If you have been researching reverse mortgages you have probably come across terms like government-insured or FHA-approved; but, what role does the government really have with a federally insured reverse mortgage? To clarify, the only reverse mortgage loan that is insured by the U.S. Federal Government is called a Home Equity Conversion Mortgage (HECM). Specifically, these loans are insured by the Federal Housing Administration (FHA)1 . The Department of Housing and Urban Development oversees FHA and regulates the HECM program. Although HUD regulates and FHA insures these reverse mortgage loans, they don’t actually offer or lend directly to consumers. A consumer must find an FHA-approved lender to obtain a HECM loan.
Benefits of Federally-Insured Reverse Mortgage Loans
The benefits of a reverse mortgage make it an attractive option for homeowners over the age of 62 who are looking for financial solutions.
Benefits of HUD Oversight:
Borrowers can feel safe knowing that HUD has HECM program rules in place that lenders must follow. Lenders who do not abide by the rules often see their approval to offer HECM loans revoked.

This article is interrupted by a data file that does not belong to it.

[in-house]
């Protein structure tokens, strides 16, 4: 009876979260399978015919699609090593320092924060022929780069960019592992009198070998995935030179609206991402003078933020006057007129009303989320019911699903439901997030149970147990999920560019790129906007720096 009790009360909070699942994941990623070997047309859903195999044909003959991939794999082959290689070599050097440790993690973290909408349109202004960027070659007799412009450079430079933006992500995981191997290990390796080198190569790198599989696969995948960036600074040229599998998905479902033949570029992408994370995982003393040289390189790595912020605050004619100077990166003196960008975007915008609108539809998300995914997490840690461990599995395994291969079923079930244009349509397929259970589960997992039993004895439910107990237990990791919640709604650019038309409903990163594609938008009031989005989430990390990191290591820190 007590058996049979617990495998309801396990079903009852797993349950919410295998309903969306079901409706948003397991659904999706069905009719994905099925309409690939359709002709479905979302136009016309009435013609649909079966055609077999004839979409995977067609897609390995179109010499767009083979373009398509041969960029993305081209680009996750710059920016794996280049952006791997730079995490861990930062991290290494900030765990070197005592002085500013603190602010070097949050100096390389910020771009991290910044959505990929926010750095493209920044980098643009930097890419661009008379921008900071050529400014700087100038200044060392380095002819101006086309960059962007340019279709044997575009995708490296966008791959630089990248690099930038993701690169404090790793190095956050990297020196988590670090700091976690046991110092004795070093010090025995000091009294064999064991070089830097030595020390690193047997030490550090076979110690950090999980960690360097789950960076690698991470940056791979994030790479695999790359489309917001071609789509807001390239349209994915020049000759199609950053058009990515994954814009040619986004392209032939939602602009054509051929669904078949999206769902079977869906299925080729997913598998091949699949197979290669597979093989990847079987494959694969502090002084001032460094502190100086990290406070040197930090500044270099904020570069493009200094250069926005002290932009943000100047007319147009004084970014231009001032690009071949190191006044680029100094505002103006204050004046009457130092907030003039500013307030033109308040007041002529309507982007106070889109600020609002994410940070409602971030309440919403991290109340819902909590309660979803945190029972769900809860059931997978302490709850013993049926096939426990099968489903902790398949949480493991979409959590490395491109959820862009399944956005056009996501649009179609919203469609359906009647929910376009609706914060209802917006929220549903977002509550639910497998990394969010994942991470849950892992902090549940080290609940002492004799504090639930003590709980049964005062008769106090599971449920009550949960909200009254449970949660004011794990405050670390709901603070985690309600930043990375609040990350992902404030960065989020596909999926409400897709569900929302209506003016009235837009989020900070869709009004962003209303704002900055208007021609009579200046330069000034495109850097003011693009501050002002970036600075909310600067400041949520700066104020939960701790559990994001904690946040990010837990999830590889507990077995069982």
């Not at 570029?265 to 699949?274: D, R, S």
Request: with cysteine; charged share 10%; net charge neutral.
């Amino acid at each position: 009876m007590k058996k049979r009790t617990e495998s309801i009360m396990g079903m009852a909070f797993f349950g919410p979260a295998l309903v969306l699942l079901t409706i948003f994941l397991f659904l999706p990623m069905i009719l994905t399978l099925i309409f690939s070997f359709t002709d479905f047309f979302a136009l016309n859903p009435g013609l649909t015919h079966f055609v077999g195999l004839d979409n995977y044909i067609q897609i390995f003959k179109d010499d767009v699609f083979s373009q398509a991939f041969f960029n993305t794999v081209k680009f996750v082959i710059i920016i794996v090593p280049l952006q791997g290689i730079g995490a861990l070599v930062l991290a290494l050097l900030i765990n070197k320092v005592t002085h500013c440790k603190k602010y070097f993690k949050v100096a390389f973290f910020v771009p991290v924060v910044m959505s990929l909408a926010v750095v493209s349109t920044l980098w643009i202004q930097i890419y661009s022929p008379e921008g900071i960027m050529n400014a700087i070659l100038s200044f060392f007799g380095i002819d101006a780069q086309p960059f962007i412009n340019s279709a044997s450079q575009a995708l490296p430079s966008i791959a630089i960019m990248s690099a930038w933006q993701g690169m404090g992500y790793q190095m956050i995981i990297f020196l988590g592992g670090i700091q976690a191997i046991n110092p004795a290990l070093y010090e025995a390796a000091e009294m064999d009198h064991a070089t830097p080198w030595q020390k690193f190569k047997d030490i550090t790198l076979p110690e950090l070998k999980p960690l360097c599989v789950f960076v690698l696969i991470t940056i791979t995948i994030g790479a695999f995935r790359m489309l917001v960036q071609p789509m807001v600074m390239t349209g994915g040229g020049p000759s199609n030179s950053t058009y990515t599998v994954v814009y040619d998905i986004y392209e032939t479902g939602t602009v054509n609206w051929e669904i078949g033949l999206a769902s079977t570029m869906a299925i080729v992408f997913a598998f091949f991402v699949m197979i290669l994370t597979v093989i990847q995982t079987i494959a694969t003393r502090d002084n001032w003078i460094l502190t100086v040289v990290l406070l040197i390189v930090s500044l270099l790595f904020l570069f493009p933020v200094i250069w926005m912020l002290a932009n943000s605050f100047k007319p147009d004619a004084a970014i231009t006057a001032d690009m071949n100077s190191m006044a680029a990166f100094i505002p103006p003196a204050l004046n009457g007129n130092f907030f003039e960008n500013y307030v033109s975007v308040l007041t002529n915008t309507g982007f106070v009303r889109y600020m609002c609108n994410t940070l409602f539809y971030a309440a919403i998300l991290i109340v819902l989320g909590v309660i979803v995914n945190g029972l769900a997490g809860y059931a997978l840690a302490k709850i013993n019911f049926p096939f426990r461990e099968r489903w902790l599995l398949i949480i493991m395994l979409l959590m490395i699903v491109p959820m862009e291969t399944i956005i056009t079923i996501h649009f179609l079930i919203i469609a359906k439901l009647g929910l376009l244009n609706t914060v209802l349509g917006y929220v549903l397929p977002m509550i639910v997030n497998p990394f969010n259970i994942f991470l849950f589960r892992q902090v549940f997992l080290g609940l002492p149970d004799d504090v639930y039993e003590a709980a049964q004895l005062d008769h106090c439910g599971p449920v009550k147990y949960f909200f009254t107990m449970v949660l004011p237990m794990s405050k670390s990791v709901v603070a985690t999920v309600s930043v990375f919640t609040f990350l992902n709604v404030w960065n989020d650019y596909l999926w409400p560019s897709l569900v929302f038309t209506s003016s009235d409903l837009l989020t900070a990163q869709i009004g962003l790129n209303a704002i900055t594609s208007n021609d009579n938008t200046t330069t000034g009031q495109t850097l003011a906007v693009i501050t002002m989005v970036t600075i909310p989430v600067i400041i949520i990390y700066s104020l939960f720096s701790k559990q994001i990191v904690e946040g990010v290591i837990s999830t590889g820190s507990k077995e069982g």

Also, HUD seeks to ensure that borrowers who are considering a HECM reverse mortgage are well informed and understand their options. Part of this is requiring borrowers to complete a counseling session with a HUD approved counselor prior to moving forward with a HECM loan. This requirement ensures that borrowers receive unbiased information and guidance around the pros and cons of a HECM loan.
If you are a senior homeowner looking for an extra source of funds in retirement, an FHA insured reverse mortgage may be able to help you get the cash you need. To learn how much you qualify for and get answers to your questions, call 1.800.976.6211 or fill out the calculator above.
1 Federal Housing Administration (FHA) mortgage insurance premiums (MIP) will accrue on your loan balance. You will be charged an initial MIP at closing. The initial MIP will be 2% of the home value not to exceed $13,593. Over the life of the loan, you will be charged an annual MIP that equals .5% of the outstanding mortgage balance.
2 You must live in the home as your primary residence, continue to pay required property taxes, homeowners insurance, and maintain the home according to FHA requirements. Failure to meet these requirements can trigger a loan default that may result in foreclosure.